As the article points out, Quinn and Bloomberg cut a deal: If Quinn strong-armed the Council to vote in favor of extending term limits (against the voters' wishes), then he would back her for Mayor and call off the Dept of Investigation's probe into her multi-million dollar slush fund scandal -- a dirty deal between two dirty politicians. If you want to help Bloomberg make more money and if you support corruption, then vote for Christine Quinn.

Gay Movie Fan
Gay Movie Fan

I was born in NYC and spent the first 52 years of my life in Queens. But four years ago I had the opportunity to move to a mid-sized "city" upstate and I took it, especially when I found out that my $70k salary would allow me to live like a king instead of the pauper I was inceasingly becoming while remaining in my beloved city. Now I can afford to own a car, own a house, don't have to look at tourists or answer their dumb questions and I find that, culturally, there are interesting museums, theatre and even art happening far away from the Lights of Broadway. I go back to visit less and less and when I do, I wonder why I ever put up with the crowds, the smells, the rudeness, the crime, the high prices and the filfth. The NY of my youth is but a memory anyway; Mayor Guili-Nazi saw to that. Get out while you can; if you get a chance RUN. New York will never be the New York of the 1940's - 1970's again.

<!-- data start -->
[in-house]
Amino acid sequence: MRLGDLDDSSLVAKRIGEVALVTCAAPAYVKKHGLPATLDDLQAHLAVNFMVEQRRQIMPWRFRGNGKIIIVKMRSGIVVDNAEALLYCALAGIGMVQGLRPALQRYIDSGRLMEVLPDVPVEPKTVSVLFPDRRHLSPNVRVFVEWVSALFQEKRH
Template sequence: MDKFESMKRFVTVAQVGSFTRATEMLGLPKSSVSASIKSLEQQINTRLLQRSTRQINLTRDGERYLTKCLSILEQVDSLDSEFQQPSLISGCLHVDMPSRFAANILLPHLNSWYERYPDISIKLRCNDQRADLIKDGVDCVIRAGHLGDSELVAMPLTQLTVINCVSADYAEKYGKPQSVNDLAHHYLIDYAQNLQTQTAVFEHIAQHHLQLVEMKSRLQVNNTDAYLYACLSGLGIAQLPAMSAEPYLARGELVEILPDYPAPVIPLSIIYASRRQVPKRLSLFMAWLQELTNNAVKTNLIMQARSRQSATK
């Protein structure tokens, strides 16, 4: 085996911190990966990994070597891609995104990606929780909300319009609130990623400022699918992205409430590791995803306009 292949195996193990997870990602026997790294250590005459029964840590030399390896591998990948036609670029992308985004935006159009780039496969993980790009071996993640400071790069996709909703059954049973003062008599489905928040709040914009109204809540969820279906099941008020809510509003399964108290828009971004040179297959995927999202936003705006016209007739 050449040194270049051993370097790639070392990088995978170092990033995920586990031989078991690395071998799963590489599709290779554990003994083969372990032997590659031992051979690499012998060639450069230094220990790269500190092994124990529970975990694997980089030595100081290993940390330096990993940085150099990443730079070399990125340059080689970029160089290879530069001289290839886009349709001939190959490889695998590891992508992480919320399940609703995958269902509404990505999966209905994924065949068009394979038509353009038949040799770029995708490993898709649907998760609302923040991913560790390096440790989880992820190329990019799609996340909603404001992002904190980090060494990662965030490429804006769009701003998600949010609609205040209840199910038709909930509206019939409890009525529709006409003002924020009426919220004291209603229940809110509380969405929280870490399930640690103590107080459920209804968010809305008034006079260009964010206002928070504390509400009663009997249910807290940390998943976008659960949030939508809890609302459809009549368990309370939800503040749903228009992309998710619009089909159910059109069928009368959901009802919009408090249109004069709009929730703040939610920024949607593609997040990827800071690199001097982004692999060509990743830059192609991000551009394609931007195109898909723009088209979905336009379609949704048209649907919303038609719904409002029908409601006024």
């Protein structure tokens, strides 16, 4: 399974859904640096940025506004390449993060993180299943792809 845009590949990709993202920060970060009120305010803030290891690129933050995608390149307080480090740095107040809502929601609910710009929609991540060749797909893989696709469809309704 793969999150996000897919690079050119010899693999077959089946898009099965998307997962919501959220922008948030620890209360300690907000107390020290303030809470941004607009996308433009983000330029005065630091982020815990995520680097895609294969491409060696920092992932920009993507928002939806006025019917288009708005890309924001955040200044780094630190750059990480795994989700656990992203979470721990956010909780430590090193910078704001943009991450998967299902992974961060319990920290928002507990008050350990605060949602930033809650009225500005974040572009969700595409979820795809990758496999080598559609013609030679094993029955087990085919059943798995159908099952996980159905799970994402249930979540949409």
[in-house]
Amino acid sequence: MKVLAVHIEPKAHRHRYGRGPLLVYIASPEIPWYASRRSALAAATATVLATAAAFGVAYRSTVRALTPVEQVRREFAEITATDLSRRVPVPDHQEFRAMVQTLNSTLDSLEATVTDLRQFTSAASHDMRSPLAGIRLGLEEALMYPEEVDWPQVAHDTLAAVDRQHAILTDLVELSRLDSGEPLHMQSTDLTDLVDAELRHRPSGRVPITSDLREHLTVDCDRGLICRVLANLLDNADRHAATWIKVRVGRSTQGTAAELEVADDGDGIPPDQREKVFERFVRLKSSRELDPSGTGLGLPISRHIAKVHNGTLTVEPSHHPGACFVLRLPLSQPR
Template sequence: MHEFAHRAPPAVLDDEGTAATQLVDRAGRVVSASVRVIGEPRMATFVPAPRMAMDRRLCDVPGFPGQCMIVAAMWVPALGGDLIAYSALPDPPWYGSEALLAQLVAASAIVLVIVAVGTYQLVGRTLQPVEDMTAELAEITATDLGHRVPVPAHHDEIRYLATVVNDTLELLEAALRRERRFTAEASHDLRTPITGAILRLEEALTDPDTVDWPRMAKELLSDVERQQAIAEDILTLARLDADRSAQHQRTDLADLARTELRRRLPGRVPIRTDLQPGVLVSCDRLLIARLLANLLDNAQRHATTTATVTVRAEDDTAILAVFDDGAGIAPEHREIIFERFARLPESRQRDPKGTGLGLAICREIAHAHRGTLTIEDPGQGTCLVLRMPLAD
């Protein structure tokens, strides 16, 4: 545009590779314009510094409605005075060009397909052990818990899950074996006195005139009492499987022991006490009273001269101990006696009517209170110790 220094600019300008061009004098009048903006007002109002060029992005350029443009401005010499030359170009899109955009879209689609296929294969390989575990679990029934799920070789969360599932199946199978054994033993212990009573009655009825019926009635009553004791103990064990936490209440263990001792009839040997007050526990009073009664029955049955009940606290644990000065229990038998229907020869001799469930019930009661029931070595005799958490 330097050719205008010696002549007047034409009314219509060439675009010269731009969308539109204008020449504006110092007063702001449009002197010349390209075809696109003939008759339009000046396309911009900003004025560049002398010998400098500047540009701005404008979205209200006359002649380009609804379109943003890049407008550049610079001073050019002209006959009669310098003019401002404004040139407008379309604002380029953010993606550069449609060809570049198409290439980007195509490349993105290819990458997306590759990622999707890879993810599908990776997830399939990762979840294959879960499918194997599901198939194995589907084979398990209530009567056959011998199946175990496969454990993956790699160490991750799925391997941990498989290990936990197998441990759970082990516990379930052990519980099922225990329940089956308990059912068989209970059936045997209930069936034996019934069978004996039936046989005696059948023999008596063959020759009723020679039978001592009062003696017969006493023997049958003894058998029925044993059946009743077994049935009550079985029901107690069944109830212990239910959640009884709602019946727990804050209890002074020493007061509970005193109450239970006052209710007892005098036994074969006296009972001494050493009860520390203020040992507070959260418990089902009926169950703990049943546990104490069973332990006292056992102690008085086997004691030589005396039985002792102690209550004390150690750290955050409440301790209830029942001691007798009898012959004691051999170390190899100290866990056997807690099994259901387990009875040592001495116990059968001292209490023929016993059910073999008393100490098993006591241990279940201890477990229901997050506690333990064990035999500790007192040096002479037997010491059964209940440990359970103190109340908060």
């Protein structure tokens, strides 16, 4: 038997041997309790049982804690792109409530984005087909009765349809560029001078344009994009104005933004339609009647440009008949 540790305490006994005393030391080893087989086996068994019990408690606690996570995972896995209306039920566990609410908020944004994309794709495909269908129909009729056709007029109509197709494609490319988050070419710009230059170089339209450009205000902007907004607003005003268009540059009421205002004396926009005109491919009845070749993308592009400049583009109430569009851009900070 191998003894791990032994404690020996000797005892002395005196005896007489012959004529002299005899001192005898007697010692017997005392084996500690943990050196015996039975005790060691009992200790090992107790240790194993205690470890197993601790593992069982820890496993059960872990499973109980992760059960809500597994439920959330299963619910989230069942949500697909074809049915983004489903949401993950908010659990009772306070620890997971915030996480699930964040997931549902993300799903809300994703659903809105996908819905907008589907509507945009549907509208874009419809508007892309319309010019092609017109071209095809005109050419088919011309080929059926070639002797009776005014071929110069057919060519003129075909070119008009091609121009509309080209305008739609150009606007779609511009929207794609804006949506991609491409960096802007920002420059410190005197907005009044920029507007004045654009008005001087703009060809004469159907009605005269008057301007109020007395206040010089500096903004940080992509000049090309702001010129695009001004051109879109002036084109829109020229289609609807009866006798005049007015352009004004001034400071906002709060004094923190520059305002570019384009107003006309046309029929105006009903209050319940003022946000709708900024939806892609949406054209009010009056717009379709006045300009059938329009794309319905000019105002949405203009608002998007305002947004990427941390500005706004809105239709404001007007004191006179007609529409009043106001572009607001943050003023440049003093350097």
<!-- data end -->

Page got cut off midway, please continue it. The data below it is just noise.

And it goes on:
Sammy
Sammy

This is a trenchant piece but it has some real oversights. C'mon guy, don't just tell me about the failure of the creative/service class vision I want to know what they city missed out on by chasing that dream.

It's good to see a journo willing to take on the billionaire king, but Siegel you're gonna pay for this in his fourth term when he passes full mayoral control of the press.

VJ Machiavelli
VJ Machiavelli

"The Prisoner of City Hall" is going to love to read this article.

Before there was the "Oracle at Delphi" there was Count Vampire J. Machiavelli

VJ Machiavelliwww.VJMachiavelli.blogspot.comThe Legislative Budget is Too Damn High

Anna1199
Anna1199

I paid $32.67 for a XBOX 360 and my mom got a 17 inch Toshiba laptop for $94.83 being delivered to our house tomorrow by FedEX. I will never again pay expensive retail prices at stores. I even sold a 46 inch HDTV to my boss for $650 and it only cost me $52.78 to get. Here is the website we using to get all this stuff, GrabPenny.com

Feng Ke
Feng Ke

People cannot live without friendship, but it's not esay to get real friendship. It is like a tree. We need to sow the seed of honety, use passion to water it, use principle to cultivate it, and use understanding to take care of it. In this way, the tree of friendship can grow well. ===http://www.finejie.com==== ===http://www.finejie.com===